Erik Huffman has big plans for the future: creating a cybersecurity academy for middle- and high-school students and shaping a solid foundation for the leadership classes in Handshake Leadership — all while finishing up his doctoral degree from the University of Phoenix.

Handshake Leadership is a creation all Huffman’s own, part cybersecurity firm, part leadership lessons.

“I’m getting my doctorate and I am using those lessons to become a better leader and to help others become better leaders,” the 31-year-old said. “Together, we can collaborate to create a culture we all want to be part of.”

Currently, Handshake Leadership is working with the Widefield School District 3 to develop cybersecurity classes and to train technology leaders of tomorrow.

It’s an area of his business that comes from the heart, he said. And his future goal: to create a United States National Cybersecurity Academy to educate youth about the needs for cybersecurity education and career.

“School districts are starting to recognize that there needs to be a focus on this,” he said. “They need cyber classes to address the threat — but also to develop the kind of workforce we need.”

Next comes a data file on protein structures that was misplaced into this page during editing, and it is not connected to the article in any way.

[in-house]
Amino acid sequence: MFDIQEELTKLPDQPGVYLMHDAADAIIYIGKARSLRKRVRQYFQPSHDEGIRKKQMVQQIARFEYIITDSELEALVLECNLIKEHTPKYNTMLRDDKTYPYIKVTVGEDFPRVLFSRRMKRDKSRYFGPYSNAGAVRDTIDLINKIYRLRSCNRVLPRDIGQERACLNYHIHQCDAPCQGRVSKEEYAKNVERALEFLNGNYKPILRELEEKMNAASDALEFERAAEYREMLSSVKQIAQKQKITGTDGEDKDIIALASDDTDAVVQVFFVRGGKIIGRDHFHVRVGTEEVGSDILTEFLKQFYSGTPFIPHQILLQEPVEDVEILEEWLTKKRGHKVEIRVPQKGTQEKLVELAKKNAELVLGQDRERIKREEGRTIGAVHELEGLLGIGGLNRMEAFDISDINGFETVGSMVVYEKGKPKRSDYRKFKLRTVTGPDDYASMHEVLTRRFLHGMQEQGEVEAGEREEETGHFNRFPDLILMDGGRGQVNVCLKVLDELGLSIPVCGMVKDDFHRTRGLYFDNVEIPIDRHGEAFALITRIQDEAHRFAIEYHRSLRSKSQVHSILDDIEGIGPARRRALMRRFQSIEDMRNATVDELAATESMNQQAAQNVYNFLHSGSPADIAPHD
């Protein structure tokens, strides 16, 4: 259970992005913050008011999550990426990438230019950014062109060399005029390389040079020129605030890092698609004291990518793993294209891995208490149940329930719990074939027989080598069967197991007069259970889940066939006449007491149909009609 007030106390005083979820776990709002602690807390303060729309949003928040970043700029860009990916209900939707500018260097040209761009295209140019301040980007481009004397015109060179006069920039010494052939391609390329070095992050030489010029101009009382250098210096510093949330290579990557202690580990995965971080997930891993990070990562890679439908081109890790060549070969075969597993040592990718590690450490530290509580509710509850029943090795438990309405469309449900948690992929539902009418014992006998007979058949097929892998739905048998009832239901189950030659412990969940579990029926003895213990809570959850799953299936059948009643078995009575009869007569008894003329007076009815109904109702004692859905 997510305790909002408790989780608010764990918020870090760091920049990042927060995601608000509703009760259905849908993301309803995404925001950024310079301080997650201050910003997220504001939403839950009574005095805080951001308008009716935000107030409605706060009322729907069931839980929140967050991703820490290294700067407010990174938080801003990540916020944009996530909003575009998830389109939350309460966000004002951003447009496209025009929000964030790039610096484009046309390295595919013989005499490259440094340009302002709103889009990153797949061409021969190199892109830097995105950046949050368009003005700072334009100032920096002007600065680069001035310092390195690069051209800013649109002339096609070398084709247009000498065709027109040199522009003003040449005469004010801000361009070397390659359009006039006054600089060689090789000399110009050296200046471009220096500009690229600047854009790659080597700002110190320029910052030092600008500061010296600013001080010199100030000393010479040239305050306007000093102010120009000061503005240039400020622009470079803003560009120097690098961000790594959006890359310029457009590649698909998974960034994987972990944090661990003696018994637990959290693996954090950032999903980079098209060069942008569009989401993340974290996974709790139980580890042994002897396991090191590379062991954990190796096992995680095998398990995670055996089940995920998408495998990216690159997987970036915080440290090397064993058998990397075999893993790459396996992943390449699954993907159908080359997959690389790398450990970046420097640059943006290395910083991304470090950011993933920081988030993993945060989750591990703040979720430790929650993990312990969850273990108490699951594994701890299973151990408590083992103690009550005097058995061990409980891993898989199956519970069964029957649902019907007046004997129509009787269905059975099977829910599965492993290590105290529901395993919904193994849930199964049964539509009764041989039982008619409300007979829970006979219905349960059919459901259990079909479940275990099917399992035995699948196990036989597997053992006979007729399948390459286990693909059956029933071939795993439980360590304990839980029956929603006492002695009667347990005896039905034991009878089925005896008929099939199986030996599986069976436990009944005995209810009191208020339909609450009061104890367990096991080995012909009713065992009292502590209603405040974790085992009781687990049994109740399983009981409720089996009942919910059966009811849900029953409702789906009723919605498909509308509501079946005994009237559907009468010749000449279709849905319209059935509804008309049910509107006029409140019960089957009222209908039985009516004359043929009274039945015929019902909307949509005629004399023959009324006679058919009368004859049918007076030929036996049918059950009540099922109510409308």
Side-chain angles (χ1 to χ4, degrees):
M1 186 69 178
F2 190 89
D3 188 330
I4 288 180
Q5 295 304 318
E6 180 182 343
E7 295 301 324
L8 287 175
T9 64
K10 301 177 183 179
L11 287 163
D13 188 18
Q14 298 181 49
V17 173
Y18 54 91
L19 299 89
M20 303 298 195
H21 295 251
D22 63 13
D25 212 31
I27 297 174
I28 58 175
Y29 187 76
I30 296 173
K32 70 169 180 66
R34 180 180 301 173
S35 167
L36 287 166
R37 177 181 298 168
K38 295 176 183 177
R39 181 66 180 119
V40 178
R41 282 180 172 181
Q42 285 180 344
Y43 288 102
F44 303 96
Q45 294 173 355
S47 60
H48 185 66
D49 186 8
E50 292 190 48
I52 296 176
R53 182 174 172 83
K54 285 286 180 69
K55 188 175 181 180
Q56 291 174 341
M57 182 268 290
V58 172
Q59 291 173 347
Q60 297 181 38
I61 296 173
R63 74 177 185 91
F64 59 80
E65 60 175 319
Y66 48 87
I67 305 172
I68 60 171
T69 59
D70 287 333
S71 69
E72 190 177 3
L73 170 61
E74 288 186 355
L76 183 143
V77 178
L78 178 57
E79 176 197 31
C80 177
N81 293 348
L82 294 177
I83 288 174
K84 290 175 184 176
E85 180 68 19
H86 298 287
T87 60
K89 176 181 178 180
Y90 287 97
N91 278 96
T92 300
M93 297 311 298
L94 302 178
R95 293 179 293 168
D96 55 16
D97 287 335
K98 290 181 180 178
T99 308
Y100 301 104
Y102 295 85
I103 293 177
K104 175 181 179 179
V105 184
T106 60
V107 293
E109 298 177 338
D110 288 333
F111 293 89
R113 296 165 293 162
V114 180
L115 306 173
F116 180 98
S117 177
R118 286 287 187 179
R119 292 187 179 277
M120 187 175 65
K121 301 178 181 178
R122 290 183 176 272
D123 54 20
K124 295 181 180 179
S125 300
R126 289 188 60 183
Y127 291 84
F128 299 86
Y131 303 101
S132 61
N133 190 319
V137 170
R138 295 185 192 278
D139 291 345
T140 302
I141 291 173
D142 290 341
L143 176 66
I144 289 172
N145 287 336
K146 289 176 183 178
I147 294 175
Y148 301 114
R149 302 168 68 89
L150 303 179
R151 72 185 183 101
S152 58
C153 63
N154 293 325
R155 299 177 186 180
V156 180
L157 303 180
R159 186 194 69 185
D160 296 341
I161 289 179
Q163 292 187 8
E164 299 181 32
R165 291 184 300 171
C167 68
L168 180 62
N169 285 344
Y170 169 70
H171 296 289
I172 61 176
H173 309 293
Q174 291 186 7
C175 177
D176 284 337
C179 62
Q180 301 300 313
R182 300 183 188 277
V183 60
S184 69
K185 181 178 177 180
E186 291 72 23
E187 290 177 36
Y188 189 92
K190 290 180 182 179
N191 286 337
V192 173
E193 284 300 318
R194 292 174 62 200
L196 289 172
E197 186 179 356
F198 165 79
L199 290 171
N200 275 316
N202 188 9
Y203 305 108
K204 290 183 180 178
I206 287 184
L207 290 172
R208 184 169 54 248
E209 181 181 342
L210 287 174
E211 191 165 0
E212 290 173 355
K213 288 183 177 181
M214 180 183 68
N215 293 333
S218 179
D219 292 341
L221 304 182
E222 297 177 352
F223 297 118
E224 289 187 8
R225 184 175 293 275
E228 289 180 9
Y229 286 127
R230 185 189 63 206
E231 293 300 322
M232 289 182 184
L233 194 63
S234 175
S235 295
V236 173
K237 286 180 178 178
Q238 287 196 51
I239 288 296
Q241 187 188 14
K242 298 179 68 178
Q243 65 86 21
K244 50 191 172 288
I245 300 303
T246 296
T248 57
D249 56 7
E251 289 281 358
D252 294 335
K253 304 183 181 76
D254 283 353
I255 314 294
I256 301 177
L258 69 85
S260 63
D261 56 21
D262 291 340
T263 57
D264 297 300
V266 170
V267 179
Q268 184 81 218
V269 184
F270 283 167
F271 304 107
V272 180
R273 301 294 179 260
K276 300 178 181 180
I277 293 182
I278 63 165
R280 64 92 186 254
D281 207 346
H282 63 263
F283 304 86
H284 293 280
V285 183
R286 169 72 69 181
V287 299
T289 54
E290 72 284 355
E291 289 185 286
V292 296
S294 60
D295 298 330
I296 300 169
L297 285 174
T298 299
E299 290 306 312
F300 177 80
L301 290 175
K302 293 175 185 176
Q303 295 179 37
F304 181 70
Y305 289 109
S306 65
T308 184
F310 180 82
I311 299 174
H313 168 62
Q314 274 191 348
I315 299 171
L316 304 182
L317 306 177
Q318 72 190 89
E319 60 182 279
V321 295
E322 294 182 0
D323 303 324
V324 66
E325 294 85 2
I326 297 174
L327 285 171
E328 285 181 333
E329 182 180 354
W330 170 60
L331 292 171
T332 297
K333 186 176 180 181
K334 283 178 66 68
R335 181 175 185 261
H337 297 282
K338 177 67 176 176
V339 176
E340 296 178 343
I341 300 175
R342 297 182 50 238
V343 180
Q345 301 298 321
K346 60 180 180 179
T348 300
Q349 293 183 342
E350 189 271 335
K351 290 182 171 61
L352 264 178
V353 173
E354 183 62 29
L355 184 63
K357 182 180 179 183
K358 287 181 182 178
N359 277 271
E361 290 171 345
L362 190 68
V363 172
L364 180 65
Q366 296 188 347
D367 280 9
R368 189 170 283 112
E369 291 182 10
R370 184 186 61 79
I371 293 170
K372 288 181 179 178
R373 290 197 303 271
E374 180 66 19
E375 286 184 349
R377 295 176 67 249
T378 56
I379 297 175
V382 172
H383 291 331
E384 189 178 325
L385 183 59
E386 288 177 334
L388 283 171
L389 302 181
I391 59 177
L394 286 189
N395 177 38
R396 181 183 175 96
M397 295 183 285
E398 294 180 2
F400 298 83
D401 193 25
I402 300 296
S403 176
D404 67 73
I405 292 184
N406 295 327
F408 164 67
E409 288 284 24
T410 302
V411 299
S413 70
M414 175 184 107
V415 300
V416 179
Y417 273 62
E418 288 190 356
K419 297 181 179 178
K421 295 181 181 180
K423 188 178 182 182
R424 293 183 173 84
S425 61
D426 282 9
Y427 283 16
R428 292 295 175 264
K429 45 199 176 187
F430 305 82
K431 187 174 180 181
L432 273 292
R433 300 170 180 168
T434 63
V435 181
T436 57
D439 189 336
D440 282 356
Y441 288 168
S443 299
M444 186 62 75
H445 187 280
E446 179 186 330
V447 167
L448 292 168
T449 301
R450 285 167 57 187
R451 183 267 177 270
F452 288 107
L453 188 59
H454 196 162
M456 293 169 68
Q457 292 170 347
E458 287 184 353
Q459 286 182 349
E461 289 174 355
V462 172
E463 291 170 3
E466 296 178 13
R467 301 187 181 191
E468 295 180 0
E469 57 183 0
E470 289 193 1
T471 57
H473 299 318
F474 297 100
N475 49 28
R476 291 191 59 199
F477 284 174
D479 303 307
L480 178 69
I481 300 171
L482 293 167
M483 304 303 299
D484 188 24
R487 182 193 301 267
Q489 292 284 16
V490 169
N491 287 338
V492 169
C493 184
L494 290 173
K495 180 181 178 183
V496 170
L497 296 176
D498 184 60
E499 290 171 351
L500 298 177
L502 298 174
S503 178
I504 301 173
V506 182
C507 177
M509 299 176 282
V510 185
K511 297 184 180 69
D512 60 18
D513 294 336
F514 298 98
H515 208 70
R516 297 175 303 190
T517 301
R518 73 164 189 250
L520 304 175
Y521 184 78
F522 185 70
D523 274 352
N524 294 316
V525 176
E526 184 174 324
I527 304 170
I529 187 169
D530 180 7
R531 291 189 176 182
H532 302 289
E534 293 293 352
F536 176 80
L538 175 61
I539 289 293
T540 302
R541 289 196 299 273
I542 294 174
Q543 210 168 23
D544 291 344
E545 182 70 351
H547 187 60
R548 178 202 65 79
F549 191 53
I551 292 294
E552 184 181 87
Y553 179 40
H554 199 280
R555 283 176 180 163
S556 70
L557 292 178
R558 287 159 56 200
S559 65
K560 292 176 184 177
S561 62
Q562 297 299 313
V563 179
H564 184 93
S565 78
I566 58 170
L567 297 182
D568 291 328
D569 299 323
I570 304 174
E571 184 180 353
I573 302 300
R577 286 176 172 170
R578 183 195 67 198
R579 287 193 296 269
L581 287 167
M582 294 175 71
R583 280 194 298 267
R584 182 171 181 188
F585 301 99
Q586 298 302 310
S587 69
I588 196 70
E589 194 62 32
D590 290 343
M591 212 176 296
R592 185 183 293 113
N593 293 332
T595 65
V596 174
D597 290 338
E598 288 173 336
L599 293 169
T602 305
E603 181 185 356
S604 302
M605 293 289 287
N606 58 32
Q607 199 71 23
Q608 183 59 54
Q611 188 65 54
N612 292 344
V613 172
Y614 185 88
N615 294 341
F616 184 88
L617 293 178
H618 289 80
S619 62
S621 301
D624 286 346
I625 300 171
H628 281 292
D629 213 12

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And it’s not just about high schools. Huffman’s dream is far bigger than that, and includes adult education and eventually, a peer-reviewed academic journal to exchange ideas and the latest advances in the industry.

His focus on the work has paid off. Through Handshake Leadership, Huffman was invited to speak at NASA about research in cybersecurity. He’s also on the board of the Information Systems Security Association and was a Disabled American Veterans keynote speaker for his field.

He remains focused on leadership lessons as well, he said. He classifies his own leadership style as “situational.”

“I don’t believe any one style gets you through every situation,” he said. “I am a transactional leader, and believe in collaboration to solve problems.”

And he’s had some practice at leading. Huffman has been lead associate dean at Independent University and associate dean at CollegeAmerica. He prefers nontraditional education, he said.

“They’re focused on adult learners,” he said. “It just fits in more with what I do.”

His future, he says, includes the Springs.

“I’m set on Colorado Springs,” he said. “I want to seek out more opportunities to help K-12 school districts become more cyber aware.”

But it doesn’t leave a lot of time for socializing.

“My best time, a couple of my best friends meet every Wednesday night,” he said. “It’s our time to just relax, hang out, laugh. I really value that time. But I love what I do, so I do it all the time. I don’t see it as work. It’s my passion.”

— Amy Gillentine Sweet

What do you want to be when you grow up?

When it’s all said and done, I want to leave the world a better place than when I found it. I want whatever I’m doing to be positive.